Proving yet again that it remains the most consistent franchise ever made, Radio Silence delivers another instant classic to sit alongside Wes Craven’s masterpieces with the intense, horrifying, ridiculously fun Scream VI! With the beautiful love letter to the original having been firmly established in the previous movie, part VI forges ahead to an all-new destination while building on the core group we grew to love during our time in Woodsboro. Newcomers may not find the same level of connection to the proceedings, but this series continues thriving thanks to its immaculate care for the characters. Scripting duties again fall to James Vanderbilt and Guy Busick—they understand why fans have become obsessed with all things Ghostface, and are sure to sprinkle in brutal slayings, intense chase sequences, deeply funny moments, and crowd-pleasing highs. Moving the action from Woodsboro to New York City was no fluke. While the bulk was shot in Montreal, New York City has never felt more dangerous. Make no mistake: Scream VI is the film that 1989’s Jason Takes Manhattan wishes it was.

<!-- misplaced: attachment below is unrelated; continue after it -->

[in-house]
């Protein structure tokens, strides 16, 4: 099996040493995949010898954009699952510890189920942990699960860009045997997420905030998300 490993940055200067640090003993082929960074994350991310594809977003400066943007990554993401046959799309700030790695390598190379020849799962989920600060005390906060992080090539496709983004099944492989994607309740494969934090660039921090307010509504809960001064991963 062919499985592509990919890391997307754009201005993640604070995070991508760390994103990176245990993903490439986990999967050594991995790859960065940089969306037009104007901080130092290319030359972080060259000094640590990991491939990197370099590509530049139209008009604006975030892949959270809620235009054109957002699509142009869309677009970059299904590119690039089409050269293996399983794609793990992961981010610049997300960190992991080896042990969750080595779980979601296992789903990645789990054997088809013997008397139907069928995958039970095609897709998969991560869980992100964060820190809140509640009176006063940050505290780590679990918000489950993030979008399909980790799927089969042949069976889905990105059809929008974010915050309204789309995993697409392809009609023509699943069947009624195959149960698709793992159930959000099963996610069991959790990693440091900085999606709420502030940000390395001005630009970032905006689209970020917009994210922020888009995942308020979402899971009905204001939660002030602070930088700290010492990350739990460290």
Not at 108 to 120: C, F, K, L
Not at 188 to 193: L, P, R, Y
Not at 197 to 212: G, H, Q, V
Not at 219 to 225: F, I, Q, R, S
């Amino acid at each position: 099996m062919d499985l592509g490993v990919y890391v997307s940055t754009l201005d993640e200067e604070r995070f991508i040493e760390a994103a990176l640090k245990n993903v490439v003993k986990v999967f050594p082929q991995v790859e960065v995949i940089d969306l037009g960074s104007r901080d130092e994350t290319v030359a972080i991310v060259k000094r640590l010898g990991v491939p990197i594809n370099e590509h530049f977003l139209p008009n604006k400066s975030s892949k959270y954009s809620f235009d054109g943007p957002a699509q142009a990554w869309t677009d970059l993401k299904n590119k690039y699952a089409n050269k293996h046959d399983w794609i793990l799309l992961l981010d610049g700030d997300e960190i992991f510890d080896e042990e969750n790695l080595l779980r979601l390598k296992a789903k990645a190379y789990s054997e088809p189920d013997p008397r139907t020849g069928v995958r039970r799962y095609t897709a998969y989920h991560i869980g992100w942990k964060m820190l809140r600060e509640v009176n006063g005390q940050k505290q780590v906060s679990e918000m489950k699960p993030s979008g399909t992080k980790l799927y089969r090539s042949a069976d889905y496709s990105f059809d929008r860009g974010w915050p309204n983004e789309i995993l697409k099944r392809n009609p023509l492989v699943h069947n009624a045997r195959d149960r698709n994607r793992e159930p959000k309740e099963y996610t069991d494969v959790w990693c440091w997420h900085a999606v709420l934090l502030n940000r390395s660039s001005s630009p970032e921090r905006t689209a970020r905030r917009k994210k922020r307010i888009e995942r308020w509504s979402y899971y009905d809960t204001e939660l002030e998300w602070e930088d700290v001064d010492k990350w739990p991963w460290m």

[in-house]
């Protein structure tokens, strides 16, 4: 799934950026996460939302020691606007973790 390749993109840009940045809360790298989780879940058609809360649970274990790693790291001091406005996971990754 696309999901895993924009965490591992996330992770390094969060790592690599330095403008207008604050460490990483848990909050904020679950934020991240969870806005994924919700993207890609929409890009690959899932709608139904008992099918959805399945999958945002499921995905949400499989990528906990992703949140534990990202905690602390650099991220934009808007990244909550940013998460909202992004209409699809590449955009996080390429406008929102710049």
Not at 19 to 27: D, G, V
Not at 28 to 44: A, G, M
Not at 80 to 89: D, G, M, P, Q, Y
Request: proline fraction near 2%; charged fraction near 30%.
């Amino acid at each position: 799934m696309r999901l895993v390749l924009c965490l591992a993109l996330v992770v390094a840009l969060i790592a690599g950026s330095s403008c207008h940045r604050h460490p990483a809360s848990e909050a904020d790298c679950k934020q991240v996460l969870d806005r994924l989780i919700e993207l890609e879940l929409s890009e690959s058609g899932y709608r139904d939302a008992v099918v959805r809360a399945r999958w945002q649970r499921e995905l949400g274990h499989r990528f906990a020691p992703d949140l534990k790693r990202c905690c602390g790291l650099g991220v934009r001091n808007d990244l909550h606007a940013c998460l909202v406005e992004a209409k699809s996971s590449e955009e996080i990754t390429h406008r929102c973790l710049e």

Before proceeding any further, acknowledging that my favorite final girl, Sidney Prescott, sadly does not return for this entry is a depressing but necessary truth. Neve Campbell did not accept what she was offered to step back into the shoes of Sidney once more. Though the actress has not ruled out a return for potential future sequels, I have to admit that not seeing her here made me very sad. Courteney Cox’s Gale Weathers now holds a horror record for being the first woman to play the same character at least six consecutive times in history. Instead of an honor being shared between the two women, Cox alone holds the title. Some debated before release if Scream could really work at all without its leading lady—was Halloween ever really as good without Laurie Strode? Thankfully, tribute is paid to Sidney in dialogue that doubles down on her happy ending in the previous movie.
With that small caveat out of the way, forging ahead into the “meat” of this gnarly sequel is rather easy. By now, expecting something fresh from a sequence in a series that revolutionized and normalized an opening kill happening at the top of every entry seems a moot point. And yet, similar to Scream 4’s shocking triple-opener, Scream VI has something decidedly different in store. Starlet Samara Weaving (Ready or Not, Netflix’s underrated slashers The Babysitter and The Babysitter: Killer Queen) plays Laura, a film studies professor at Blackmore University who just wants to have a fun date night out. In just this opener alone, Scream subverts expectations, twisting and tweaking what most will view as “meta.” By the time the title credits slash onto the screen, our new, much more aggressive iteration of Ghostface—sporting a weathered, cracked mask—boldly declares, “who gives a fuck about movies?” There is certainly no Stab-nut behind the mask, so who could it be?